The numbers are, by their very nature, limited. So there are 100L of the yellows, 250L of the Livid and pinks and 500L of the neutrals. And, as the saying goes, when they are gone, they are gone. Future colours will depend on what comes back to the warehouse and the details of what’s available will be on social media as that’s the fastest, most efficient way to communicate when numbers are limited.

Little Greene Re:mix paint
Little Greene Re:mix paint Tracery on lower wall, light beauvais on top wall

And Little Greene don’t intend to stop there – their next project is those leftover tins in your shed. I’ll keep you posted.

Little Greene Re:mix colour card






Kate Watson-Smyth

The author Kate Watson-Smyth

I’m a journalist who writes about interiors mainly for The Financial Times but I have also written regularly for The Independent and The Daily Mail. My house has been in Living Etc, HeartHome and featured in The Wall Street Journal & Corriere della Sera. I also run an interior styling consultancy Mad About Your House. Welcome to my Mad House.


  1. This actually seems like a great initiative. Wonder if there’s something similar for us in Australia? Waste paint is a huge issue and it’s great to see ideas like this.

  2. I love this idea! Thanks for spotlighting, Kate. From a historical perspective, it has precedent. It’s exactly the thought process behind my colour, Chateau Grey. French house painters would mix all the leftovers light colours they used inside a chateau, and more often than not would end up with a gentle, sage green. They’d use this mix as exterior paint on shutters, drainpipes, front doors, etc etc. Once you start to look out for it you’ll notice it everywhere in traditional French homes. All the best ideas are the old ones!

    If anyone reading this has any old or unopened tins of Annie Sloan Chalk Paint at home: please, please remember that leftovers can usually be brought back to life with some vigorous stirring and additions of small amounts of water. This isn’t something we advertise on packaging etc as we would have to add a lot of preservatives to ensure the claim was *guaranteed*, but from personal experience, I’ve used cans years and years after opening them and they still do the job wonderfully!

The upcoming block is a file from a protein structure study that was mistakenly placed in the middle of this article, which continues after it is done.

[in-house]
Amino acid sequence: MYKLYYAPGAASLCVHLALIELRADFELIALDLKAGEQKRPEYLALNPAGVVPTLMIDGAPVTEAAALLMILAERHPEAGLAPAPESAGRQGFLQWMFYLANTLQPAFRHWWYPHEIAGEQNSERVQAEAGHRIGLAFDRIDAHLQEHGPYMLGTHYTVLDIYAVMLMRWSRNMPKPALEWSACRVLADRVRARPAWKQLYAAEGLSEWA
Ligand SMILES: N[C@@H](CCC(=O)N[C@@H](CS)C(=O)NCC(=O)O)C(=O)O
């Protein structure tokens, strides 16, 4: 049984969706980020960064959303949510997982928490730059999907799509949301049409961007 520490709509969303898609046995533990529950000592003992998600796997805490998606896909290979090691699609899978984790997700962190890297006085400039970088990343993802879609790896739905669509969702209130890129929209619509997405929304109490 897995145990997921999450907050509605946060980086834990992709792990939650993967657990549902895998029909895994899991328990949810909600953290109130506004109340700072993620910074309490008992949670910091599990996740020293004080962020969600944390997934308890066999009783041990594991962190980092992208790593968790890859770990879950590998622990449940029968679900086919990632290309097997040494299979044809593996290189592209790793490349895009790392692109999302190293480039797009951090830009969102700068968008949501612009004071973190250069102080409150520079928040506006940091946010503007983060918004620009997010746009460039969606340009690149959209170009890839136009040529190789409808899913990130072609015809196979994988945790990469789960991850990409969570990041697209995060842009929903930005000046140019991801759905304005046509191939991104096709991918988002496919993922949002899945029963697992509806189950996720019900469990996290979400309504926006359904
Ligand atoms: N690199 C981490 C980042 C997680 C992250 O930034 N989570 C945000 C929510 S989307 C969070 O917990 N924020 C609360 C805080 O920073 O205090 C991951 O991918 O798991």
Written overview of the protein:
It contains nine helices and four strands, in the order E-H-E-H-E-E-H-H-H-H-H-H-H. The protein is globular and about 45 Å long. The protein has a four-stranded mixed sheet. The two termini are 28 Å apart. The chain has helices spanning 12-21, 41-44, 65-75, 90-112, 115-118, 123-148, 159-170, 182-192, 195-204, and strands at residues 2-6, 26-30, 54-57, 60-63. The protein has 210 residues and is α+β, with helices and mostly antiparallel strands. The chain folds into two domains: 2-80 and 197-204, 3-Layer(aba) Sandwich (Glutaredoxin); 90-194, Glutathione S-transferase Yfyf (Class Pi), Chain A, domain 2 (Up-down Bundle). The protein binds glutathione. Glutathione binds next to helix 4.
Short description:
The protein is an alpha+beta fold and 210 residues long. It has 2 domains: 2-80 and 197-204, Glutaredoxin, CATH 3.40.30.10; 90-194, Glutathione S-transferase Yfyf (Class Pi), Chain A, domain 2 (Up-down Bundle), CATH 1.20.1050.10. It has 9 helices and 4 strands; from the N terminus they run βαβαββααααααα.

At the moment we’re able to process all our unused paint by selling at cost to staff at Annie Sloan HQ or by donating tins to local charities and the NHS John Radcliffe Hospital nearby, but as Wall Paint by Annie Sloan sales continue to grow this is something we are looking into. Thanks to Amanda for mentioning Seagull in Leeds – we will investigate further!

    Thank you.

    1. Thank you so much for your informed comment Annie. That’s so interesting to know – I will look at those old houses with fresh eyes. And thank you also for the paint tips.

  3. Brilliant article, thanks Kate. Just placed my order for Castell Pink – exactly the colour I wanted for my bathroom re-furb at half the price I was going to have to pay. Very easy ordering process and what a fantastic idea.

  4. Interesting article. There is a brilliant social initiative in Leeds called Seagulls which takes waste paint (all brands) and remixes it. If you investigate this issue further it would most definitely be worth looking at their ethos and business model

  5. What a great idea! I will most definitely take a look as we tackle some painting this year. Wasted paint is such a problem and I’m so pleased to hear some solutions are being worked on.

  6. Hi Kate

    I live close to the Mylands factory in South London. I love going to the factory itself as they also have paints at 50% off. These are tons that have either been returned from an order or actually made and the colour slightly off and not past their quality checks. I have bought many a paint from them in this way over the years. I remember saying to Nigel that there should be some stock record of these… this went onto a sheet but if went online I think they would see the orders come through. I think I’ll send a comment through to them as it’s such a great way to deal with the waste.

Comments are closed.